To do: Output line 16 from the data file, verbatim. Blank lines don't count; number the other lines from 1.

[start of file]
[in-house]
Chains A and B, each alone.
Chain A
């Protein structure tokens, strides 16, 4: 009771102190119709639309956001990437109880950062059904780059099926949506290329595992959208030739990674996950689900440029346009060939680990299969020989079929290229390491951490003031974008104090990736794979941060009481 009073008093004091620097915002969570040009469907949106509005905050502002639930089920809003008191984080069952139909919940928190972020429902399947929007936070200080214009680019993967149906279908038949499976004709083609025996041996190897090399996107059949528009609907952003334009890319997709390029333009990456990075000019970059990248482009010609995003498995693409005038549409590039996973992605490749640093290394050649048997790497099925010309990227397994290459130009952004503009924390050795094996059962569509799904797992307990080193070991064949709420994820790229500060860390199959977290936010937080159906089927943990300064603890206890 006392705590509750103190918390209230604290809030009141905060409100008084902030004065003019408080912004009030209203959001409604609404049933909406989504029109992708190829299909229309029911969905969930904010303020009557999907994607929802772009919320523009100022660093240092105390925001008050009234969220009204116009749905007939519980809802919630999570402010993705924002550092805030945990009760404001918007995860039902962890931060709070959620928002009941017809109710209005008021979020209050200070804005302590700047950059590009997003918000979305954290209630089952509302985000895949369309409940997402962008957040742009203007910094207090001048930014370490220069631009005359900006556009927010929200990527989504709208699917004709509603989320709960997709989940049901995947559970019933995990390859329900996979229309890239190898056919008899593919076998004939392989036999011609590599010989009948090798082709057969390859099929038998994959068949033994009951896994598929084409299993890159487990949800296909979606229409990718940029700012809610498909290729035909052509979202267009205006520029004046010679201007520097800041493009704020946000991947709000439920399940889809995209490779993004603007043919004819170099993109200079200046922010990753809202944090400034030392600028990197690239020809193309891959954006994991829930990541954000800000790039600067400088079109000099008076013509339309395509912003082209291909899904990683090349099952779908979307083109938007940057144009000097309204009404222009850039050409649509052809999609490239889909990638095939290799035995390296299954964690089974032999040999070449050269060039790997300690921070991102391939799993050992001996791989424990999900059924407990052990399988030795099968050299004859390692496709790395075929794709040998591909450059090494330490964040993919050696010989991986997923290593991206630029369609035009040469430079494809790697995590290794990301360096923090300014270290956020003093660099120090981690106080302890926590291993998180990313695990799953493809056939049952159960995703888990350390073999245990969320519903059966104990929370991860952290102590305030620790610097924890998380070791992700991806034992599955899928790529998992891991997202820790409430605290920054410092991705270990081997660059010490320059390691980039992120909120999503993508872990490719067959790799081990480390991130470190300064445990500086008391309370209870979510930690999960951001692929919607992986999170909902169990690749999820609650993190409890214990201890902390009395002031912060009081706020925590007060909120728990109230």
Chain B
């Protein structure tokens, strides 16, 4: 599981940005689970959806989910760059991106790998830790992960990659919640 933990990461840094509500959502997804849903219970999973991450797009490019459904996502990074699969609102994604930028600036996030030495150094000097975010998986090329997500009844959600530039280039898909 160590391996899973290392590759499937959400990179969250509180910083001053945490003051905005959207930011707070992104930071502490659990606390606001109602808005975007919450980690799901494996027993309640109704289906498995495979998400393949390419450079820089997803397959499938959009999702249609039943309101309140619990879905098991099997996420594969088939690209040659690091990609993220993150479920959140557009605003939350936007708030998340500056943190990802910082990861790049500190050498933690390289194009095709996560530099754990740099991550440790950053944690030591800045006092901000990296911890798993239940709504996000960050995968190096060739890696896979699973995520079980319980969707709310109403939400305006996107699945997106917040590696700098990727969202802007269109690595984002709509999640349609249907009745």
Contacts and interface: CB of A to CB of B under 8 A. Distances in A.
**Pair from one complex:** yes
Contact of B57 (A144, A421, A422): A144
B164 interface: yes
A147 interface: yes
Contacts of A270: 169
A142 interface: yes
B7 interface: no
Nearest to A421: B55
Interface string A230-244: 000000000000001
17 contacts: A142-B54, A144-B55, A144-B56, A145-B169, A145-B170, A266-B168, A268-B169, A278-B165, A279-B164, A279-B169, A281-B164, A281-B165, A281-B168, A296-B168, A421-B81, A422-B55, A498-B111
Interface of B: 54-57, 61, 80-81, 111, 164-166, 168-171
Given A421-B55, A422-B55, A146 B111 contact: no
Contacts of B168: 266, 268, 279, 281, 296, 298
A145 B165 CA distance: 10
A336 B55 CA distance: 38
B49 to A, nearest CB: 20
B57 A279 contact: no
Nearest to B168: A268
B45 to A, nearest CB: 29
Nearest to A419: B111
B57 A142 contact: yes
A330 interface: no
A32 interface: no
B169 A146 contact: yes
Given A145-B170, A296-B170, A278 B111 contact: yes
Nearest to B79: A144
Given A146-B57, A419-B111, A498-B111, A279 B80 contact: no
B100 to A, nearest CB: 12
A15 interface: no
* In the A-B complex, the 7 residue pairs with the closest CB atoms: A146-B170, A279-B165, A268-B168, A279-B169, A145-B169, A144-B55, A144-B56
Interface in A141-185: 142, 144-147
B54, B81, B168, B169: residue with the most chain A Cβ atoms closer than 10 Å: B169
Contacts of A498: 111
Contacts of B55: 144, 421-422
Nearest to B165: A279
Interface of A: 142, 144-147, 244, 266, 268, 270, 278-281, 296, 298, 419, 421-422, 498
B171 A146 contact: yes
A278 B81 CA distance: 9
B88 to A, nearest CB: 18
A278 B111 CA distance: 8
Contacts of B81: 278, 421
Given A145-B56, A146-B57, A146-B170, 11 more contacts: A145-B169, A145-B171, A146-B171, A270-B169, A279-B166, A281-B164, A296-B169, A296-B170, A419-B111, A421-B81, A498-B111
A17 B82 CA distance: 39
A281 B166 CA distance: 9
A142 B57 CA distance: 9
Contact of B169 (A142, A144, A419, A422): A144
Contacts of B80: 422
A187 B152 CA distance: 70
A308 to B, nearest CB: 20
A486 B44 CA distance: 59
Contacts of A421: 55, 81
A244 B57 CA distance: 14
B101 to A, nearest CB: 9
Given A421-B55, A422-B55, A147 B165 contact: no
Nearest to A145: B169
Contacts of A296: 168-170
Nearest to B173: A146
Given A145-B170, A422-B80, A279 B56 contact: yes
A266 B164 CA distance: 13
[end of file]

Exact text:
Interface string A230-244: 000000000000001